Warning Millennials about the perils of postmodernism is kind of like warning them of the perils of laser discs. That ship has sailed, and the discussion probably does more to date the one giving the warning than anything else.
That is not to say that postmodernism has not left a legacy that has shaped the cultural and intellectual climate in which Millennials live and think. A broad ambivalence towards the authority of institutions, in an era of increased proliferation of institutions claiming authority.*
*Note, for example, that YouTube's corporate policy has a bigger impact on intellectual property use in the US than actual courts and law. And an appreciation of the performative effect of words, not always directly connected to their meaning, still abounds.
Postmodernism, at one level, simply served as the canary in the coal mine for Western intellectuals that an era of hyper-connectivity and Durkheimian differentiation was on the horizon. But, like laser discs, it completely failed to be the platform through which we came to understand this new reality.
Postmodernism cleared the air, and opened up new possibilities and questions that Millennials are now exploring. In particular: How identity relates to knowing. How communication is always a function of context. And how to navigate a diffuse institutional landscape.
Postmodernism, at one level, uprooted a lot of thinking from the institutional, cultural, and historical moorings that kept things stable. Now, in the new millennium, the task is to find one's roots again. Through explorations of personal history, reimagining old institutions and institutional arrangements, and forming new modes of community.
With this in mind the insistence on diversity isn't an untethered, ambivalent acceptance of everything. It is a function of the new and diffuse institutional landscape, which is uncertain about the authority of older institutions. It is a function of the need to navigate identity and knowing. And it is a function of the attempt to communicate across contextual divides of historical, and cultural separation (and I should add sub-cultural).
Indeed, it is the attempt to find again some moorings. But in a new world.
*Note, for example, that YouTube's policy has a greater effect on intellectual property use in the US than actual courts and law.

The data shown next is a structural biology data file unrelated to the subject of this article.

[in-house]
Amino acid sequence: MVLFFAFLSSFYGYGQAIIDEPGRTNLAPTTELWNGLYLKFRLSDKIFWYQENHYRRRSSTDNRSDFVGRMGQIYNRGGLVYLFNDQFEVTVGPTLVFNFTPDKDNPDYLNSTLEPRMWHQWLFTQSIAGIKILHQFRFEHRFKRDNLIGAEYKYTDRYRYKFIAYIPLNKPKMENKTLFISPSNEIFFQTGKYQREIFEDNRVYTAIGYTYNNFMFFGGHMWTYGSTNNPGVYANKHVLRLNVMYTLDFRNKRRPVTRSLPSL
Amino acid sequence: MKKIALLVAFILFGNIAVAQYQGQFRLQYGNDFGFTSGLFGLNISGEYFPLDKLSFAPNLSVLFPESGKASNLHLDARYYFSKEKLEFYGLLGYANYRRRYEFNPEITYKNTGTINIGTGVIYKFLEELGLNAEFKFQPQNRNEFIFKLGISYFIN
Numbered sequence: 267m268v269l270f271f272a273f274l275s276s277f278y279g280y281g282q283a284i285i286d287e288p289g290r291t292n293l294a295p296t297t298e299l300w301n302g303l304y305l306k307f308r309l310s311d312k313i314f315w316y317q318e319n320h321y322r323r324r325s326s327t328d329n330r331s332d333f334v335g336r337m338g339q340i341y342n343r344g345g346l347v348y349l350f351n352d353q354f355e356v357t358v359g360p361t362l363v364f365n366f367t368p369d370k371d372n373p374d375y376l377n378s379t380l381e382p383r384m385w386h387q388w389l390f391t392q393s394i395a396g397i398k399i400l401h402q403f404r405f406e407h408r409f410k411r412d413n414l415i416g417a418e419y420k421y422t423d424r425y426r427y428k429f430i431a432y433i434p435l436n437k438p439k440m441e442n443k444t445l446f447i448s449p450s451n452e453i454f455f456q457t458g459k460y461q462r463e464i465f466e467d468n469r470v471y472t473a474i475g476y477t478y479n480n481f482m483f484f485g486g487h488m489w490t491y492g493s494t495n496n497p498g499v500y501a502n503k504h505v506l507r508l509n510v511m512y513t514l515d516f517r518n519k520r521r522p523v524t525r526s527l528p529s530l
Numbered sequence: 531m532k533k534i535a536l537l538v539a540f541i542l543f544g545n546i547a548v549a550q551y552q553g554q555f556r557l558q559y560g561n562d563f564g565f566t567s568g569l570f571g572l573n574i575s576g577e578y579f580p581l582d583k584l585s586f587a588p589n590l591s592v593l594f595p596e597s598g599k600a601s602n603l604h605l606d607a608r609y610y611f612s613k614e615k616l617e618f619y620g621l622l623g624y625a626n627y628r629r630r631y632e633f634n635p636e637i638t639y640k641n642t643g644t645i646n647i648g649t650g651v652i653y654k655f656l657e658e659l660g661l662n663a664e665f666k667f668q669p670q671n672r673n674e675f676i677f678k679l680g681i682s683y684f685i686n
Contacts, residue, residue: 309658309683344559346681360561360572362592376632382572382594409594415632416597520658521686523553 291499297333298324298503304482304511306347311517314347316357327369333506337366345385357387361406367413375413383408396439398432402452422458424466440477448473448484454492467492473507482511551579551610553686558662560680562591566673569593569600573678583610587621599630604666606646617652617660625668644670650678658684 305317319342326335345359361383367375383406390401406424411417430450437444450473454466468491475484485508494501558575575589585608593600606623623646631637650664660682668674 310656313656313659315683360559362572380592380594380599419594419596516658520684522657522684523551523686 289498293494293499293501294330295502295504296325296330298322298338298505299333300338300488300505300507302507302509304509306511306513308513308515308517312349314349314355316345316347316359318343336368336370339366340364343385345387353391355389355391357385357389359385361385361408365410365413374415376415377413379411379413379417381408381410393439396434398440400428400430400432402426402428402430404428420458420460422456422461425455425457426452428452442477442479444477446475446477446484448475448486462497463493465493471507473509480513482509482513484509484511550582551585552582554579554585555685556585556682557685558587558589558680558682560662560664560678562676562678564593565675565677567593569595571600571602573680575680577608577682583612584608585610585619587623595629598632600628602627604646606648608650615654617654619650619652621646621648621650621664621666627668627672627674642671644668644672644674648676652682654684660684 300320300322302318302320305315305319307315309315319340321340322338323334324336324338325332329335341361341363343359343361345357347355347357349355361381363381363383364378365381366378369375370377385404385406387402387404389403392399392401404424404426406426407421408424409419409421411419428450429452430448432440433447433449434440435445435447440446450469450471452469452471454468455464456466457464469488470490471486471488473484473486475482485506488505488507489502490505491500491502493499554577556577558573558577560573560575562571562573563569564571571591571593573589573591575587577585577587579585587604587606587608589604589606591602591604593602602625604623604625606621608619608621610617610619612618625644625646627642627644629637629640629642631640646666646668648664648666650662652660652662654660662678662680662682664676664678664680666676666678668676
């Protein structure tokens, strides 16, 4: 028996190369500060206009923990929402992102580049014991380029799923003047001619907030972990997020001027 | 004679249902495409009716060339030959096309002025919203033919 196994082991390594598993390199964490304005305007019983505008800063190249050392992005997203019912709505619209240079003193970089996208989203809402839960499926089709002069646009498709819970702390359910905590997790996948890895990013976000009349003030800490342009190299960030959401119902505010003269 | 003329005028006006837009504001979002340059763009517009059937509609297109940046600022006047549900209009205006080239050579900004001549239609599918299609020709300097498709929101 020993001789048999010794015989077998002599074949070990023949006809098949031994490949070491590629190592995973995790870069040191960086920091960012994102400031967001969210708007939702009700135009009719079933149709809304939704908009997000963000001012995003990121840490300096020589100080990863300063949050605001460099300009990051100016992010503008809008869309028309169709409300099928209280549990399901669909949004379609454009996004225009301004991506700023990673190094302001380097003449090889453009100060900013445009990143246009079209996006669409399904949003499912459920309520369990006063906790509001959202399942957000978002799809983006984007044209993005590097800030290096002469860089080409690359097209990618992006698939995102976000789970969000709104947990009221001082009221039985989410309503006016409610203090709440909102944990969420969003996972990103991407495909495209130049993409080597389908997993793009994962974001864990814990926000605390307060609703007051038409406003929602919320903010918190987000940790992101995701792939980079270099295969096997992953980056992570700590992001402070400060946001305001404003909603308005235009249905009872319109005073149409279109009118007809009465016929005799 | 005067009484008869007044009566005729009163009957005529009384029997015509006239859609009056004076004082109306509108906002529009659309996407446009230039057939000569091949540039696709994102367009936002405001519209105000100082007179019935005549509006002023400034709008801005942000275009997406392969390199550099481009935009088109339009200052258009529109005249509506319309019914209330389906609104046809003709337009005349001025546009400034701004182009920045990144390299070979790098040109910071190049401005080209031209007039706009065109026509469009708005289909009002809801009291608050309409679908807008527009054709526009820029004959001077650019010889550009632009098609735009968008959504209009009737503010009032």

A sermon preached at Wesley Uniting Church, Melbourne on 27th of January, 2019. The context was the Day of Mourning set aside by the Assembly of the Uniting Church in Australia (UCA), alongside the Uniting Aboriginal and Islander Christian Congress (UAICC). The readings were:
Recently Uniting Church in Australia (UCA) minister, and church historian, Rev. Dr. Avril Hannah-Jones published an article about the decision of the UCA’s 15th Assembly in regards to marriage. Without setting aside the strengths of Hannah-Jones’ article, there are a few concerns I feel it is appropriate to raise.
“[Jesus] is our peace; in his flesh he has made both groups into one and has broken down the dividing wall, that is, the hostility between us.” (Eph. 2.14)
At the centre of today’s reading is this claim that Jesus is peace, and breaks down hostility within a new community. I want to try and unpack what this might mean for us today. But I want to admit from the start that this is not an easy idea to grapple with, and in my own reflections it has been somewhat confronting, and discomforting.
The Assembly of the Uniting Church in Australia has resolved to allows its ministers freedom to choose to marry two people, regardless of gender, or not. I welcome and celebrate this decision. I spoke for this decision.
And yet this decision was hard. Many people have been significantly hurt along the way. Many people have felt their voices choked in a church they thought offered them a space to belong.
I am aware that literally no one asked for this. Nevertheless, I am a member of the upcoming Uniting Church in Australia (UCA) Assembly - that council tasked with discernment and decision on issues of doctrine within the Uniting Church. I thought it would be helpful to lay out the issues that I see framing the issue of marriage within the Uniting Church, as a way of resourcing the discernment that the Assembly is to undertake. The issue in question is whether the Uniting Church in Australia should change its law to allow ministers to conduct same-gender marriages if they so wish -- but not to compel any minister, or any congregation to conduct or condone any such marriages if they do not wish to do so.
God who mothers the world, may your wisdom be borne in my words. And may my folly be called out by your Spirit in those that hear it. Amen.
‘Little girl, get up!’
Our reading today from Mark 5 is a story about radical transformation and healing. A young girl is raised from the dead; an adult woman is healed of chronic pain and bleeding. This is a story, ultimately, of hope. This is a story of the struggle of women being raised up.
My intention today is to try and understand how this story in Mark 5 teaches us, through the experience of the struggle of women, how to follow the way of Jesus. The point is that women who suffer and struggle for justice teach us about faith -- and we are wise to listen and learn.
The question of calling and ministry has for a long time been difficult for me. In the church contexts I grew up in, discussions of calling often followed the common narrative of a singular turning point. A vision or word from God, a moment of realisation, a heart strangely warmed.
While this kind of experience can be profound, and play an important role in many people’s journeys, this has not been my experience. And I can, after all, only talk honestly about my own experience.